How Henry Box Brown Escaped Slavery And Became An Entertainer

Henry “Box” Brown has gone down as a legendary figure of the American Anti-Slavery movement. A brave and ingenious character and a powerful campaigner, his personality and force of character emerged from his story as brightly as they did when he first told it himself to audiences on both sides of the Atlantic in the 1850s. And central to his story is the near-miraculous tale of his own daring escape from enslavement, when he cunningly got away from a plantation in Richmond, Virginia, at the age of 33. After his escape, he made it to the safety of Philadephia and into the hands of the city’s growing abolitionist movement.

But as the academic Martha J. Cuttler explains, while the legend of Brown’s escape may still be known to many of us today, the details of his life are not common knowledge. And according to Commonplace, little research exists to cast light on this most extraordinary of American lives. Here is what we know of the life of Henry Box Brown.

The tragic early life of Henry Box Brown

According to Martha J. Cuttler, Henry Box Brown was born in either 1815 or 1816, the child of enslaved people on a plantation in Louisa County, Virginia (per Commonplace). As Brown himself later put it, per Internet Archive: “I entered the world a slave — in the midst of a country whose most honored writings declare that all men have a right to liberty … Yes, they robbed me of myself before I could know the nature of their wicked arts.”

At the age of 15, Brown was sold to the owners of a tobacco factory in Richmond, Virginia, where he would remain enslaved for the next 18 years (per Biography). During these years, Brown got married to an enslaved woman who lived at an adjacent plantation, and the pair had at least three children. But Brown was heartbroken in 1849 when his family was sold to other slave owners in North Carolina and he never saw any of them again. “My agony was now complete,” Brown later wrote. “[S]he with whom I had traveled the journey of life in chains, for the space of twelve years, and the dear little pledges God had given us I could see plainly must now be separated from me forever, and I must continue, desolate and alone, to drag my chains through the world.”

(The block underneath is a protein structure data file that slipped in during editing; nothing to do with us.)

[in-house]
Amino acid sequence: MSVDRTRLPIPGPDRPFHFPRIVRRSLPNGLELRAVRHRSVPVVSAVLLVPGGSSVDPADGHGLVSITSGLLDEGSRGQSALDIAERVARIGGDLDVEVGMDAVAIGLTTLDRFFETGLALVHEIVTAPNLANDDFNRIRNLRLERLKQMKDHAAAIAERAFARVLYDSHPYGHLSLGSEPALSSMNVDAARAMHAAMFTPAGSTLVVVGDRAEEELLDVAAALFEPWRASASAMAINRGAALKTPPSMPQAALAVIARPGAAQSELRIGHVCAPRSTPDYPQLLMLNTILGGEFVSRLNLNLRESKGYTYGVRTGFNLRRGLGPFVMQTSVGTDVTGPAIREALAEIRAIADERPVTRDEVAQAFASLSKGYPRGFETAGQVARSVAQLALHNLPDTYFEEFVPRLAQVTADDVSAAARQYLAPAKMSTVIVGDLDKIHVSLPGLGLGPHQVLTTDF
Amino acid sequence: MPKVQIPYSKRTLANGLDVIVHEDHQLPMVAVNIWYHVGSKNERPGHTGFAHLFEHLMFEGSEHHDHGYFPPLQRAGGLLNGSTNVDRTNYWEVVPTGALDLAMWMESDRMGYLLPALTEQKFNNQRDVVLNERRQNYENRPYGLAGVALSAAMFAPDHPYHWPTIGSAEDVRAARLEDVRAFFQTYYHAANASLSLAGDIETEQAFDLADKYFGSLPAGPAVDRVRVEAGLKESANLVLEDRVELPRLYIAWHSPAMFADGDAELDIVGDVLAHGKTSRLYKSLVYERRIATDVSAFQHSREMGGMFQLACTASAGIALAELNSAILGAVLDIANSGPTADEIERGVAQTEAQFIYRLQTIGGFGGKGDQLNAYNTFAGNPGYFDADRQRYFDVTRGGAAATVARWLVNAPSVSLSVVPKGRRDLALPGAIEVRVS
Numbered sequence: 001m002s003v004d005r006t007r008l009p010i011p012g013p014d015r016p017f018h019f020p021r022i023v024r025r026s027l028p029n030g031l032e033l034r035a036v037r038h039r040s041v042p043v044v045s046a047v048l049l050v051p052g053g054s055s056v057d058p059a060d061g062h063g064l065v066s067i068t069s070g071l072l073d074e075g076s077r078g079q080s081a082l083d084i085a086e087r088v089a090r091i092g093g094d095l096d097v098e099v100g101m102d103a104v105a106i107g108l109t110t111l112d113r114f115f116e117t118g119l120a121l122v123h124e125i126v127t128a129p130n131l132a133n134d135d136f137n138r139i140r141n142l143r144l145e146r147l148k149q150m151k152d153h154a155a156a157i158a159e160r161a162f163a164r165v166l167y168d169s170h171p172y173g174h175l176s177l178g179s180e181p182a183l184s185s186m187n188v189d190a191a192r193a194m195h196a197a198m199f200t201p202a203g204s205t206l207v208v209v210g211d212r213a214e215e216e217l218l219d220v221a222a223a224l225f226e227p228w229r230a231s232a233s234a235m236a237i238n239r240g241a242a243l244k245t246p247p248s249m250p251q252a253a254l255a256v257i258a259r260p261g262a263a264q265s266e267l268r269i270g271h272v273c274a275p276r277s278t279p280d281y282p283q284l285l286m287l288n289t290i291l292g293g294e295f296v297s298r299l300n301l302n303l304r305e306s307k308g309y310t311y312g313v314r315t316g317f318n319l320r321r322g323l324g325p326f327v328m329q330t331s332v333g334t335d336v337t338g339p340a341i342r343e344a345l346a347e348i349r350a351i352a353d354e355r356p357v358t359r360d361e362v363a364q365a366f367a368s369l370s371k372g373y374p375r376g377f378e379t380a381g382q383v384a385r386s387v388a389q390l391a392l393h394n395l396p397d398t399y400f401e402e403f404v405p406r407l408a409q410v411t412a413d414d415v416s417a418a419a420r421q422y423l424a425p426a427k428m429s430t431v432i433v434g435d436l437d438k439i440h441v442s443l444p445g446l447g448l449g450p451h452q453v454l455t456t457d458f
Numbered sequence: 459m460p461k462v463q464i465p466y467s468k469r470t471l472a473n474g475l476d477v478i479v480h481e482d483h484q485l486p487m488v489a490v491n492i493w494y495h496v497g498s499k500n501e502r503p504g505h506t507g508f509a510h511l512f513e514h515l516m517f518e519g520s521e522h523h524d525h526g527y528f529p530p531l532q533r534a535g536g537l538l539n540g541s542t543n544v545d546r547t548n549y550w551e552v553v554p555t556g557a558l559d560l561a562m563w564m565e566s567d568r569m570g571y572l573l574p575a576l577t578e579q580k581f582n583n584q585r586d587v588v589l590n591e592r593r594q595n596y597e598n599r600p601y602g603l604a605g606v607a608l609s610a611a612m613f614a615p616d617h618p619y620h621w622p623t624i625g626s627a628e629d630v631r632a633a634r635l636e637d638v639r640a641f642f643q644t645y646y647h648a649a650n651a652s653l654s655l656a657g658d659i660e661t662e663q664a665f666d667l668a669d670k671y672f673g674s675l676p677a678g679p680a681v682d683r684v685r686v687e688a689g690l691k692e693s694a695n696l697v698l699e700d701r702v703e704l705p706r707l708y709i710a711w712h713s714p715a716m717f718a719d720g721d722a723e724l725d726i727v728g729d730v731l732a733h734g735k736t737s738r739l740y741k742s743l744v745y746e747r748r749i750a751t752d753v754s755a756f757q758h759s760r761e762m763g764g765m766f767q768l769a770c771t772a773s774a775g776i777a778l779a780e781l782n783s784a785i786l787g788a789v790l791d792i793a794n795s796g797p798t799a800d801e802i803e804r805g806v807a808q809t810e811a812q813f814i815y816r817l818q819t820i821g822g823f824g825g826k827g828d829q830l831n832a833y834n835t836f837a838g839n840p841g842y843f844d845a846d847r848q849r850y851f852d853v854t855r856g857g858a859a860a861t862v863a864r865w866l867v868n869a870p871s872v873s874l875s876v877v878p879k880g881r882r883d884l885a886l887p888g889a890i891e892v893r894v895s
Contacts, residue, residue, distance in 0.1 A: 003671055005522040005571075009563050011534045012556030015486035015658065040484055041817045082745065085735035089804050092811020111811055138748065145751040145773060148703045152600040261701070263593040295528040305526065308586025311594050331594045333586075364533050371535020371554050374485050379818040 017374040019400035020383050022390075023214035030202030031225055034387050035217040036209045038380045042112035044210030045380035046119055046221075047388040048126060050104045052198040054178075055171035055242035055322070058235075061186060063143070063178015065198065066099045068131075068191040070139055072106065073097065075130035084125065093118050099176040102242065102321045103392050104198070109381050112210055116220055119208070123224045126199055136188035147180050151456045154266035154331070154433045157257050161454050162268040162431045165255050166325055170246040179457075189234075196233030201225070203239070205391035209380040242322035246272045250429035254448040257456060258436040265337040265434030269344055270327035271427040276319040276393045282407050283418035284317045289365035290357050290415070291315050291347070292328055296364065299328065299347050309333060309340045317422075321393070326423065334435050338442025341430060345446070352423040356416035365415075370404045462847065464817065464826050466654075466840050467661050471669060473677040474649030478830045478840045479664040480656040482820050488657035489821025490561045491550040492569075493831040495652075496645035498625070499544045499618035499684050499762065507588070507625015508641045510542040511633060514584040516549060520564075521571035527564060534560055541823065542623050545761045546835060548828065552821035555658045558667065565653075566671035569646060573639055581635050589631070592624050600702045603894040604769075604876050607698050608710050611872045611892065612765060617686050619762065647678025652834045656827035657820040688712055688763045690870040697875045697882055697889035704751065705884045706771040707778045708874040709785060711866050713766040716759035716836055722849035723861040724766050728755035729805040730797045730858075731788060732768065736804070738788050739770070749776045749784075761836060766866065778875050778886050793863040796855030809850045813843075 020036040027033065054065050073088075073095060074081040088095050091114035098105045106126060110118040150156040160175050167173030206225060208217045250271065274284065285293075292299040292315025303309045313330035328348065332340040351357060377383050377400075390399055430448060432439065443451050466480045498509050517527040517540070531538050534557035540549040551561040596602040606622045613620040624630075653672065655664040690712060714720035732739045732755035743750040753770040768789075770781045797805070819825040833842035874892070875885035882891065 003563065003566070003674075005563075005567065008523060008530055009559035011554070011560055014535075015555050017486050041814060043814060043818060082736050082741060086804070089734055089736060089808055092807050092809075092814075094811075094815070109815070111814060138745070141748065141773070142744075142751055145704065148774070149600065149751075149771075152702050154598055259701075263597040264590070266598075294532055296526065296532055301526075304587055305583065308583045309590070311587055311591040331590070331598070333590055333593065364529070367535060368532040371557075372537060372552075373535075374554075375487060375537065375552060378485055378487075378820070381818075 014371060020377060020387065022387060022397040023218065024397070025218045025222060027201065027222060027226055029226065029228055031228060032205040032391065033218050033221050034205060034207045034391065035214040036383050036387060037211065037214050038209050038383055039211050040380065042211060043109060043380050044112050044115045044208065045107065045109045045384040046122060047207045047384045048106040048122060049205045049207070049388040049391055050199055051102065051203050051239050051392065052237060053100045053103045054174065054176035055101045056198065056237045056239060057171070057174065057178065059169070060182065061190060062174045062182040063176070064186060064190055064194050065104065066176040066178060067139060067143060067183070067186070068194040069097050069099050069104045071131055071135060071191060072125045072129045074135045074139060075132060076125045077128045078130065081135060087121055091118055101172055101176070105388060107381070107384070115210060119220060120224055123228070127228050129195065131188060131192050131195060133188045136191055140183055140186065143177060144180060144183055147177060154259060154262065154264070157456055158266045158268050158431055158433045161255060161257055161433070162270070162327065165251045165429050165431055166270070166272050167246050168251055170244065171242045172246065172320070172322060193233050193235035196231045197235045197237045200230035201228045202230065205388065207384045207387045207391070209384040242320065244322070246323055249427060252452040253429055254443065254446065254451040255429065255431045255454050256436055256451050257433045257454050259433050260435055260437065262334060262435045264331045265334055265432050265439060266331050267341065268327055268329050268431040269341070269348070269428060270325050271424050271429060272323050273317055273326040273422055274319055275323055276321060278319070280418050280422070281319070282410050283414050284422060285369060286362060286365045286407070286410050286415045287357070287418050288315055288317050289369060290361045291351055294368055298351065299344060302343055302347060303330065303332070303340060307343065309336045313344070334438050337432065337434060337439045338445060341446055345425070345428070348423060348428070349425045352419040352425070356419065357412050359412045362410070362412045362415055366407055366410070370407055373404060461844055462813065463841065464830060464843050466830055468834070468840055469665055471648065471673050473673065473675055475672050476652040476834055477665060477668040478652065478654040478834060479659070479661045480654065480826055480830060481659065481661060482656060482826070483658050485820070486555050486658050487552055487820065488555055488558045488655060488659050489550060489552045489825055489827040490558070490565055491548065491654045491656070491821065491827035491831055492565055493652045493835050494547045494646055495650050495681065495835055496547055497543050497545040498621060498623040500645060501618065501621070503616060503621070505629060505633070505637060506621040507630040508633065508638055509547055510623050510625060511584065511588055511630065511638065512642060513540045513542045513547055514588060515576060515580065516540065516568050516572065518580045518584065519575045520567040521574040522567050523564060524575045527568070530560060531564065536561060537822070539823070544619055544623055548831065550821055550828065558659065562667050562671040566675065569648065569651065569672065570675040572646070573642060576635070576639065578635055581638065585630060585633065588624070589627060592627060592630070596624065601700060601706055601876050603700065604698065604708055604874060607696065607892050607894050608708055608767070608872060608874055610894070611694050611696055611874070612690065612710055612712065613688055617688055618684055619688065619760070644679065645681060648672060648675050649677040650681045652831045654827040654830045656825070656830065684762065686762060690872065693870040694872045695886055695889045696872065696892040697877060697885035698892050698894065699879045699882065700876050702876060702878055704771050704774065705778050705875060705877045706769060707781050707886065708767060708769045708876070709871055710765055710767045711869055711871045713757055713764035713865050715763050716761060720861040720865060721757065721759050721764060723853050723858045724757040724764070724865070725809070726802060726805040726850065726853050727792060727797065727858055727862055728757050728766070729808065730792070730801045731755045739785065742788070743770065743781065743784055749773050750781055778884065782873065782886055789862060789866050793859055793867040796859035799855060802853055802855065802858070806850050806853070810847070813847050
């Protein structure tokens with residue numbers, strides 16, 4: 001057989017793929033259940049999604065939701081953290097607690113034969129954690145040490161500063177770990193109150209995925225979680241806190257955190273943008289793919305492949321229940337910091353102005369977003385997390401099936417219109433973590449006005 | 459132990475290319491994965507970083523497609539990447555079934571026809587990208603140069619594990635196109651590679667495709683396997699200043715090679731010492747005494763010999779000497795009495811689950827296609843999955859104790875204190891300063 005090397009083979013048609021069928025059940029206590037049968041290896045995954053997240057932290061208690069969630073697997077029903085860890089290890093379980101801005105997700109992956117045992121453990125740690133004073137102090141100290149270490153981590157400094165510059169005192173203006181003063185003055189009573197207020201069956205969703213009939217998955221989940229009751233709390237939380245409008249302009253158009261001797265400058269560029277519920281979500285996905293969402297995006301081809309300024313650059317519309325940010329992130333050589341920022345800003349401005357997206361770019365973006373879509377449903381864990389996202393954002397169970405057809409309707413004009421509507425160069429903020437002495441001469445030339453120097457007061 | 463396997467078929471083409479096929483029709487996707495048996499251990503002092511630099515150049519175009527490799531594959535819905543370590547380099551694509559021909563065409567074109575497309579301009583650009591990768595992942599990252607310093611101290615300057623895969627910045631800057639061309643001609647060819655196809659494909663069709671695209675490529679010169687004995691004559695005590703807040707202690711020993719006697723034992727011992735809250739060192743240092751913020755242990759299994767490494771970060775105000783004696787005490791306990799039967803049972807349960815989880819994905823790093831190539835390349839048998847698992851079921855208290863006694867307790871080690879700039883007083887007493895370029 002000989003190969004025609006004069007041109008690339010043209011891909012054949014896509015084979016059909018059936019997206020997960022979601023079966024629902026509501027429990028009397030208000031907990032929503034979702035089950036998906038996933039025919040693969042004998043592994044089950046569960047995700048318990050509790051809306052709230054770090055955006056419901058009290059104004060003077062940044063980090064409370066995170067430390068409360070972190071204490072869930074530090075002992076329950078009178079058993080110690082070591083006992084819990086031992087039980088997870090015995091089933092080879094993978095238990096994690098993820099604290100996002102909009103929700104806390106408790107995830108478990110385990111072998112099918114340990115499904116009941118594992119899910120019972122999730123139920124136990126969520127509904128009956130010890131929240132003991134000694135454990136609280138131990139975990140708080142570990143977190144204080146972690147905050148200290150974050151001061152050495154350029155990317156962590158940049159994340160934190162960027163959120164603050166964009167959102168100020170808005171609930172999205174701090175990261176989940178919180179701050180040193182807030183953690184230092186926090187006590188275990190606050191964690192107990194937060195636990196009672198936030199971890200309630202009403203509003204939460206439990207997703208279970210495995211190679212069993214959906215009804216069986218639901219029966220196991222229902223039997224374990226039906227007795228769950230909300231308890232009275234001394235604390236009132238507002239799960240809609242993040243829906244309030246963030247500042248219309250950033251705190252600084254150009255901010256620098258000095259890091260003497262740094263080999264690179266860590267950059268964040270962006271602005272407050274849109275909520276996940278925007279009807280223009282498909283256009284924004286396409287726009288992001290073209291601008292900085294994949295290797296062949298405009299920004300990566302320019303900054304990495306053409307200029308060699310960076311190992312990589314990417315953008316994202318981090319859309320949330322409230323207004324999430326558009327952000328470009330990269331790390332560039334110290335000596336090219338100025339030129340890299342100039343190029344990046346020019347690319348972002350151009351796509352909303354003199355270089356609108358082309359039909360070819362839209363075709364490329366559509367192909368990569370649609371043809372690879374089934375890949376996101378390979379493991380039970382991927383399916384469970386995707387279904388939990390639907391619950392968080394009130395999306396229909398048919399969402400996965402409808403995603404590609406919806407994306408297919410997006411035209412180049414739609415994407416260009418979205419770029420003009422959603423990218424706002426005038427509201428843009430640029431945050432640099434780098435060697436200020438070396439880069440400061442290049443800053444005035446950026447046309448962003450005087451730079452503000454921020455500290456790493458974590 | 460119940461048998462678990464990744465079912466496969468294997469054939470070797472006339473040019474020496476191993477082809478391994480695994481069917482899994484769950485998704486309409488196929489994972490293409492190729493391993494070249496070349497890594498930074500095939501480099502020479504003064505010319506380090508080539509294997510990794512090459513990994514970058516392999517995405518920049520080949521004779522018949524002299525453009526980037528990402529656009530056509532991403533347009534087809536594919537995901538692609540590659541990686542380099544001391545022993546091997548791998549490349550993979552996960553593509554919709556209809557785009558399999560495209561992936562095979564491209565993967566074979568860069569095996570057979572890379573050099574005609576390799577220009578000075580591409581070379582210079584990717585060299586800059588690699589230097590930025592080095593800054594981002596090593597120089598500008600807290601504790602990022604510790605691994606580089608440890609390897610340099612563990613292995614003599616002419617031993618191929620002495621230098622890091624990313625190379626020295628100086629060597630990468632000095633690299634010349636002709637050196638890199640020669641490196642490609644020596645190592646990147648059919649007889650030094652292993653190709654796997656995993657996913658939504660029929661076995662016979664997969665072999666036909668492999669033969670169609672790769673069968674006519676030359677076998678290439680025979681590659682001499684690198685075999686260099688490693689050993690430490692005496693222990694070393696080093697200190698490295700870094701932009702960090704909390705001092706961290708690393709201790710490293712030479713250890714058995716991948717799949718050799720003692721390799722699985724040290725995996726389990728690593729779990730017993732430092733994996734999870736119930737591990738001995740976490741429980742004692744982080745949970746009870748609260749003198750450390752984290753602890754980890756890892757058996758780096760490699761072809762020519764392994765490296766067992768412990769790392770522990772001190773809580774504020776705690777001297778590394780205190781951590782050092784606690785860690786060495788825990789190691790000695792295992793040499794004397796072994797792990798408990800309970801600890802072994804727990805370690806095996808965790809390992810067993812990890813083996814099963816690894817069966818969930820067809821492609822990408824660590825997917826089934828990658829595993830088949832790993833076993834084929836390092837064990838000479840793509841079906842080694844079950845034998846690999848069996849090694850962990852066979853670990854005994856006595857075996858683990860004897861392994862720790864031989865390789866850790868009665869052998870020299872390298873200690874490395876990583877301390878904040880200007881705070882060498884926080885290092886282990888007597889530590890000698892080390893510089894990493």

Henry Box Brown escaped enslavement through the mail

Martha J. Cuttler believes that it was the loss of his young family in such heart-rending circumstances that affected a personal revolution in Henry Box Brown, Commonplace reports. Brown later said he approached his “master” in the hope that he could help prevent the same of his family. After he was refused help, he said he “had been meditating my escape from slavery ever since,” per Encyclopedia Virginia.

Five months on from the loss of his family, Brown formulated an escape plan with the help of James Caesar Anthony Smith, a friend whom Brown knew from the choir at the First African Baptist Church where they both sang. According to PBS, Smith — who was Black but not enslaved — helped to convince a white sympathizer, Samuel Alexander Smith, to connect Brown to abolitionist contacts in Philadelphia.

Brown began his journey on March 23, 1849, having been packed into a wooden crate, barely 3×2 feet wide, which his co-conspirators labeled “dry goods.” The trip was deeply unpleasant; Brown later described the stifling conditions, while another label on the package, “this way up,” was ignored by his couriers, and the escapee was regularly thrown around inside his container. The whole journey took a total of 27 long, painful hours.

Henry Box Brown found his freedom in Philadelphia